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"True horsemen require legs and hands; incompetent riders need a whip."
"I use the whip, only to aid the memory of the horse, and to induce him to obey the spur without frightening him."
"Although the switch is carried more for style than necessity, it nevertheless does sometimes prove to be a useful aid."
"When working in a riding hall, the switch should always be held on the side opposite that toward which the horse is moving because it should only be used to animate those parts of the horses that are on the outside of the ring."
"...the whip must be used sparingly, because an overly frequent use of it will discourage the horse, make him vicious and an enemy of man and of the School, and will destroy his kindness which, once lost, will never return."
"The horse's improved responsiveness when a rider simply carries a whip often comes as much from the rider believing the horse will respond to aids and therefore giving better aids, than from the horse's actual fear of the whip."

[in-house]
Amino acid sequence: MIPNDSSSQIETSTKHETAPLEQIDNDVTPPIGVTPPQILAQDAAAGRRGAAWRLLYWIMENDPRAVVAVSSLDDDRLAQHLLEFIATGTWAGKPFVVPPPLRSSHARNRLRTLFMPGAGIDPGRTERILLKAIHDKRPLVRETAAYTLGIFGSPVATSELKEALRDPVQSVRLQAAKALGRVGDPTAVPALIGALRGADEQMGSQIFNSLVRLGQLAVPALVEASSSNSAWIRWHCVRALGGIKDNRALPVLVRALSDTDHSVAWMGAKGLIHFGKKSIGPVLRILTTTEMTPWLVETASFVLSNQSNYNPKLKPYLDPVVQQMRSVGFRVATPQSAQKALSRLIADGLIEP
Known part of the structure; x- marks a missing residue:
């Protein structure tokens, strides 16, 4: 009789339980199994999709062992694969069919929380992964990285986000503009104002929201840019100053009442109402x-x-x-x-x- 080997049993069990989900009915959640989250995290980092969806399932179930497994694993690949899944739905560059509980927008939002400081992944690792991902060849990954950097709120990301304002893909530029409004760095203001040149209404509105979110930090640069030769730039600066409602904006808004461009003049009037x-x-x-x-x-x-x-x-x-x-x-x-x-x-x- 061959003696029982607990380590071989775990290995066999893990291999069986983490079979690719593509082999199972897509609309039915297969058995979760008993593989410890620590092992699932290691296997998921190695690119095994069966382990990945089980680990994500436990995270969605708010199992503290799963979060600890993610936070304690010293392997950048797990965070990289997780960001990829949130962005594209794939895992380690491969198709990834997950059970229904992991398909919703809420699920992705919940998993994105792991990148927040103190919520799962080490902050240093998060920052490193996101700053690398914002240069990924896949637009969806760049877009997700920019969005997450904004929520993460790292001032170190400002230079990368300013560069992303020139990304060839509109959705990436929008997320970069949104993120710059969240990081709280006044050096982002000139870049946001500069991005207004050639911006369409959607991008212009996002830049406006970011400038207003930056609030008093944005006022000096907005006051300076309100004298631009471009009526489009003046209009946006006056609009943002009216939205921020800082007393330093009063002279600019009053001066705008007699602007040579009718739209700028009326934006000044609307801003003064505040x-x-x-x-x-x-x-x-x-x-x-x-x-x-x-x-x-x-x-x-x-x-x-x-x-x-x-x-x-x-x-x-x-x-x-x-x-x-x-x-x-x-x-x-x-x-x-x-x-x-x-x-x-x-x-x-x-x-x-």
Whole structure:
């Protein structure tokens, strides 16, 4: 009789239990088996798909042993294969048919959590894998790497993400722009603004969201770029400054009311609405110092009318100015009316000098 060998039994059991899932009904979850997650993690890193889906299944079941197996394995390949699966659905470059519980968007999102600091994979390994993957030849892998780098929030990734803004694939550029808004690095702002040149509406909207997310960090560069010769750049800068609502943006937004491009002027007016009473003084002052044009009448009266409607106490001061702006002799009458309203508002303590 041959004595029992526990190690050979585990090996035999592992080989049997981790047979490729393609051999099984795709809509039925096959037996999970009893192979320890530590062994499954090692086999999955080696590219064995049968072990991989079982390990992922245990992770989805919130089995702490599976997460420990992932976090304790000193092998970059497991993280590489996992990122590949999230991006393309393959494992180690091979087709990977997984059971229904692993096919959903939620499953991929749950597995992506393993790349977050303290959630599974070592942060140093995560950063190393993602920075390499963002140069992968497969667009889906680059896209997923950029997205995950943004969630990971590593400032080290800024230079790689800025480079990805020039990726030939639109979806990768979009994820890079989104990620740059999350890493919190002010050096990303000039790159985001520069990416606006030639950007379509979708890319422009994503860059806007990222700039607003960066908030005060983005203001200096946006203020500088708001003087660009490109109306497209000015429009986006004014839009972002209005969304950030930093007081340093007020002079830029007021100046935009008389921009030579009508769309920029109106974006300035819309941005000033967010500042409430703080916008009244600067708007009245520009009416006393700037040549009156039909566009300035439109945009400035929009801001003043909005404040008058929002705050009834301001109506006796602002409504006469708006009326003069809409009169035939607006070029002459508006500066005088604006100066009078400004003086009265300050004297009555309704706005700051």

"Whips can also be used as an extension of our hands. Taps or even pointing with a whip can convey a certain timing or activate certain muscle groups, and a whip can be used like a flexible barrier. Horses with whom whips have been used in this way have no fear of whips at all."
"...study your horse to know if, when and how strong he needs it. Never use the whip in anger."
"Using the whip on his inside shoulder instead of on his body can avoid his bucking, but hitting a horse suddenly and hard anywhere can cause him to buck going into the canter."
"When a situation is quite scary to your colt, do not try to whip him through it; this will only convince him he has a right to be scared."
"The whip has to become a passive aid: one that the horse does not fear and accepts as there to help him understand or to initiate or stimulate a movement."